Taking Fire

by Steve Tedder


Those words come back to me at the damndest times. Not every day but often enough. At times I recall them while driving, cutting the grass or simply lying in bed before falling asleep. I don’t consciously bring it up, it just happens. Here is a little background on who said it and why.

It had been 19 months since I had arrived in Viet Nam. Except for my brief stint with the 334th Assault Helicopter Company I had served the entire time with the Silver Spurs, A Troop, 3rd Squadron 17th Air Cavalry Regiment. I had been a “Grunt” with the Aerial Rifle Platoon, Door Gunner/Platoon Sergeant with the Lift Platoon and a Scout Observer with the Scout Platoon. A man of many talents you might say.

All of my time up until now had been down in the Delta located in III Corp with a few months in IV Corps at Soc Trang. The Delta had a few mountains but the vast majority was jungle and rice paddies. My new home would be much different. Not only would I be a member of the famous 101st Airborne Division but now there would be mountains and valleys to fly around.

I reported to A Troop 2nd Squadron 17th Air Cavalry on October 1, 1971. Upon turning my orders over to the Company Clerk the First Sergeant came out and welcomed me to the Troop. He glanced over my orders and said that I would be assigned to the Blues (Infantry Platoon). I told him that I had extended my tour for the second time specifically to fly scouts and that I had over 300 hours flying scouts down south.

He then explained that since my MOS was infantry, and that they needed experienced infantrymen I was going to the Blues. He was determined that I would not be flying with Alpha Troop and I was just as determined that I would. After all, I had already spent 19 months in-country and the first 9 months had been as a Grunt in the Blues. I told him that if they didn’t need experienced Observers please send me back to where I had come from. I did NOT extend for another six months to be back in the infantry.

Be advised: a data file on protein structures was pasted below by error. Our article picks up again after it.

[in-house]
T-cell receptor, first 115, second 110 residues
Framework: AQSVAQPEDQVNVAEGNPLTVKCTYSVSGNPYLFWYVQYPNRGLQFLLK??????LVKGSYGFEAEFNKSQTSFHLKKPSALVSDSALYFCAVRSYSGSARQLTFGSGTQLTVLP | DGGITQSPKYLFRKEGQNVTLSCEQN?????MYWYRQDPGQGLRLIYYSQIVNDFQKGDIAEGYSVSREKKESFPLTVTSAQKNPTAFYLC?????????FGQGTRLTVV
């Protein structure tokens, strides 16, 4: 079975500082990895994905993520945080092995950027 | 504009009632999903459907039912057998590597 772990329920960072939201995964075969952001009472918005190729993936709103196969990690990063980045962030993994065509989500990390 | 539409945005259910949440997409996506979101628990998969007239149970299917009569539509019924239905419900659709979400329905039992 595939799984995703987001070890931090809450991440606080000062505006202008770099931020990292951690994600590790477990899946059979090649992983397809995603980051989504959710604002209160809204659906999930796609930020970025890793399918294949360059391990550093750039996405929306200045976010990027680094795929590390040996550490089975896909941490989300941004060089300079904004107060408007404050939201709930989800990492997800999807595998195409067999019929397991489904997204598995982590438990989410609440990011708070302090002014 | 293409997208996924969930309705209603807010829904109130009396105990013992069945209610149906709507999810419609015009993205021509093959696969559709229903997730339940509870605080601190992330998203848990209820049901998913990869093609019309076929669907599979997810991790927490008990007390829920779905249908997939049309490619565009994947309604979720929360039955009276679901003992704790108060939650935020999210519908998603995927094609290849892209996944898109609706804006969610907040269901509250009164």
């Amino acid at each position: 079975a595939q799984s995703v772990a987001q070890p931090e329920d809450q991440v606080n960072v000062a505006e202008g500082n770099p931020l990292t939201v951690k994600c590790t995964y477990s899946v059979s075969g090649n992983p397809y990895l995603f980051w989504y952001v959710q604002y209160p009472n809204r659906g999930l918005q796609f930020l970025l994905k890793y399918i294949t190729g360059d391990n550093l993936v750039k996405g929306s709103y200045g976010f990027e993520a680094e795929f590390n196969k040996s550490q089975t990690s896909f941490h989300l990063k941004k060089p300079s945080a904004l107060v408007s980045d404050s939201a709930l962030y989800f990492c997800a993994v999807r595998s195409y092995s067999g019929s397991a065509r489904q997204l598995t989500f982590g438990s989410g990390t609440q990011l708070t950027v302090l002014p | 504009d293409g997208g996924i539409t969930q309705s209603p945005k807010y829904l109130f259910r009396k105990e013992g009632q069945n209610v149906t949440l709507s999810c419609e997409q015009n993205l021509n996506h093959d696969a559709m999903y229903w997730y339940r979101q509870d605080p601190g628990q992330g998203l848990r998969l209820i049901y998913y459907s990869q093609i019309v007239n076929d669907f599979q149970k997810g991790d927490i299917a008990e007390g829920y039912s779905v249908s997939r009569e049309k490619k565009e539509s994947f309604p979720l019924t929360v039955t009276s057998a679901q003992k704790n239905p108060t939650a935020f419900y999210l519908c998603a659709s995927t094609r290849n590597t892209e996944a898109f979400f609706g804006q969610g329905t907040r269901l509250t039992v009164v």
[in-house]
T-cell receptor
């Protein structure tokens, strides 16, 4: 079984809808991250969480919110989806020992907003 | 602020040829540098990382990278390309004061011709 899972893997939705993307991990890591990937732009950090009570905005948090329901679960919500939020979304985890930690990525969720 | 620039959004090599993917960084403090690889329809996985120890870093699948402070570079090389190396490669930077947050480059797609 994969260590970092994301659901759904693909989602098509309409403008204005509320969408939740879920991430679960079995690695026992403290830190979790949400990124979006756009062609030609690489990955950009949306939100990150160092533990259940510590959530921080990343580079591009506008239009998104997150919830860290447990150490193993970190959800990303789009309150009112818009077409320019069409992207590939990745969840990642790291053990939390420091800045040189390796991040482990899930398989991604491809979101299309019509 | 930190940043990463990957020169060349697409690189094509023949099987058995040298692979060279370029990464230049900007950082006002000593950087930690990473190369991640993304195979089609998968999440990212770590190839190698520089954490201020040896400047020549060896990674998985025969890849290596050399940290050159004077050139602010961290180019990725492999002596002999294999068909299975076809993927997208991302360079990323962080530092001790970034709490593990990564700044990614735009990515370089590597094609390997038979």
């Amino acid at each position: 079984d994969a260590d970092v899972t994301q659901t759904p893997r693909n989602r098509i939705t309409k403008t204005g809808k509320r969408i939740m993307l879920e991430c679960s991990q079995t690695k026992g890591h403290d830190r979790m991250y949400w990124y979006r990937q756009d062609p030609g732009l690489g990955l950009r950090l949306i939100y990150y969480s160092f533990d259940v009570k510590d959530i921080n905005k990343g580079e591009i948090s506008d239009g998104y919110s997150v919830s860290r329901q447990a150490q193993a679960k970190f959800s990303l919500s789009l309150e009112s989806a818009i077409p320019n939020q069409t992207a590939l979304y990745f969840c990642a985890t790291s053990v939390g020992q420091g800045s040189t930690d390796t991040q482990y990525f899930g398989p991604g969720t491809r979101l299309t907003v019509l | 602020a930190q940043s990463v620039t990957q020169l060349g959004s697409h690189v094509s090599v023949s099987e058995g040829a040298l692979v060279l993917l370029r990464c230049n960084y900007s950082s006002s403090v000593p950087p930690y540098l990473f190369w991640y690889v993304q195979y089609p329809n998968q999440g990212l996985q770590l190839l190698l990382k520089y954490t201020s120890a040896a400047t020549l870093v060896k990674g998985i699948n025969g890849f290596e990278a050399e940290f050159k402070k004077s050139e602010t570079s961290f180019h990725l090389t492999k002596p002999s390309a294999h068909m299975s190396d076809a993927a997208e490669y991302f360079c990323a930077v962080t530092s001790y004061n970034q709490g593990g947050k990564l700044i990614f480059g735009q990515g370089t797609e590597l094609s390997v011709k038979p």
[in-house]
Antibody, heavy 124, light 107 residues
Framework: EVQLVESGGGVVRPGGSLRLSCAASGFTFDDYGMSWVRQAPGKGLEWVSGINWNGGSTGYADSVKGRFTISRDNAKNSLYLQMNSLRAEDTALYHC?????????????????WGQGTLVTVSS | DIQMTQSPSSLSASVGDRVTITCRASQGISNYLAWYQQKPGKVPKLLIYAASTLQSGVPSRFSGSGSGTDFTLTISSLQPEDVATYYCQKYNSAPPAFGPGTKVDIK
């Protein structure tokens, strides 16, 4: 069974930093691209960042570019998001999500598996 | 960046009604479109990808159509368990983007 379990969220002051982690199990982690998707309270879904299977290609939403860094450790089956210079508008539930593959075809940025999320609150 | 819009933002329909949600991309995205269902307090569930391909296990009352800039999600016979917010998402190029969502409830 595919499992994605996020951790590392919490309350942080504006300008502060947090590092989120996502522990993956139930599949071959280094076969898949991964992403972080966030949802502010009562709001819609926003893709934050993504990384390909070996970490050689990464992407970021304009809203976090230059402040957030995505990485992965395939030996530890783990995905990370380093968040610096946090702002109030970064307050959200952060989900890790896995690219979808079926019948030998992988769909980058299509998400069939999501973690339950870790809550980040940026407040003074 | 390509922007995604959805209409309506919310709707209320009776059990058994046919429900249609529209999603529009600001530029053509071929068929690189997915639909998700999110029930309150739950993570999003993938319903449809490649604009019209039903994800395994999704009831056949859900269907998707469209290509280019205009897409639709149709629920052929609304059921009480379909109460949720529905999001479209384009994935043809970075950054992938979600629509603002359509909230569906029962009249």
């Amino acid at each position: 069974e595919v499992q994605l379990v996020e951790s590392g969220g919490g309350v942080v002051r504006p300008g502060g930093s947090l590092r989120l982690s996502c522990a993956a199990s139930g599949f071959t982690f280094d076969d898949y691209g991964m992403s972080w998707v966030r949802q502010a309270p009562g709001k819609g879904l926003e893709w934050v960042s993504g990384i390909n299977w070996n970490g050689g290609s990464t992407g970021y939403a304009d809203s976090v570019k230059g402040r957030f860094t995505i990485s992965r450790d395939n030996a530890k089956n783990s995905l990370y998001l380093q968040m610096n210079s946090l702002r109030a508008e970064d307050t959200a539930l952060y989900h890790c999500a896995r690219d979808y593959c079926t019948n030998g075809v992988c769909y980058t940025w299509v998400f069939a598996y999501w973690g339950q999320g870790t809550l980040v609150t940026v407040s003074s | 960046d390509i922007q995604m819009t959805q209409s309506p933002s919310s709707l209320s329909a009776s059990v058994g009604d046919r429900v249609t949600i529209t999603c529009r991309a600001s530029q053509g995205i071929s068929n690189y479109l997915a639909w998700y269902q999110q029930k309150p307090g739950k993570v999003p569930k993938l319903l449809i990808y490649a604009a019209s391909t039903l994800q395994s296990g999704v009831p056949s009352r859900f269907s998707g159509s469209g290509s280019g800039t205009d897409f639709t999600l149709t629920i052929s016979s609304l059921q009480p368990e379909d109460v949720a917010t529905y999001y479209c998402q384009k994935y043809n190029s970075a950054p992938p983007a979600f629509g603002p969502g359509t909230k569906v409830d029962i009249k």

At this the First Sergeant left and disappeared towards the rear of the Orderly Room. He returned a few moments later and told me to follow him. We went to the rear office and was introduced to an officer who happened to be the Troop Commander, Major Teddy Allen. Major Allen asked me how many hours I had in Scouts and when I answered him he asked why I had wanted to transfer to his unit. I explained that I had heard of Alpha Troop and wanted to serve in such a great unit like the 101st. I was dismissed and told to return to the Orderly Room later.

Not having been assigned a hooch I just hung around the Orderly Room talking to the clerk. A few hours later I was called into the C.O.’s office and introduced to Captain Robert O. Baker who was the Scout Platoon Leader. Captain Baker grilled me on my experiences in Viet Nam and after answering several of his questions I was dismissed and told to wait outside.

Afterwards Major Allen and Captain Baker departed and the First Sergeant called me back inside. He told me that Captain Baker wanted me in his platoon on a trial basis. He would take me out to the AO and if I passed muster he would keep me. He also told me that he didn’t know what kind of unit I had been in but Grunts did not fly in Alpha Troop. Therefore, if I was going to fly my MOS would have to be changed to Crew Chief. I had never in my wildest dreams thought that I would be a Crew Chief.

The Crew Chief was actually the most important person in the crew when the aircraft was not flying. He was the only person actually assigned to that particular aircraft. When flying he acted just as an Observer. When not flying he was responsible for the upkeep and maintenance of the ship. After every flight the pilot would fill out the logbook noting the condition and state of readiness for the next flight. Once a mission was completed and they returned to base the pilot would report to the TOC (Tactical Operations Center) and complete his after action report. Then he would usually mosey over to the Mess Hall or the Officers club where he would regal the other officers about his exploits.

The Crew Chief would tie down the rotor blades, disarm the ship, check the write- ups in the log book and note if fluid checks were up to date.  He would also take any necessary oil and fuel samples, clean the air filters and generally keep the ship in flying condition. He would take time for chow but it may be hours before his job was done and he could leave the flight line. In short it was HIS aircraft in every sense of the word.

The missions we flew were extremely hazardous. When flying you didn’t give much thought to the ship’s maintenance. You simply relied on the aircraft to do what the pilot told it to do when he told it to do it, no sudden vibrations, no warning lights flashing at you. It had to perform flawlessly every time. It was the crew chief that assured us the ship would handle and perform this way.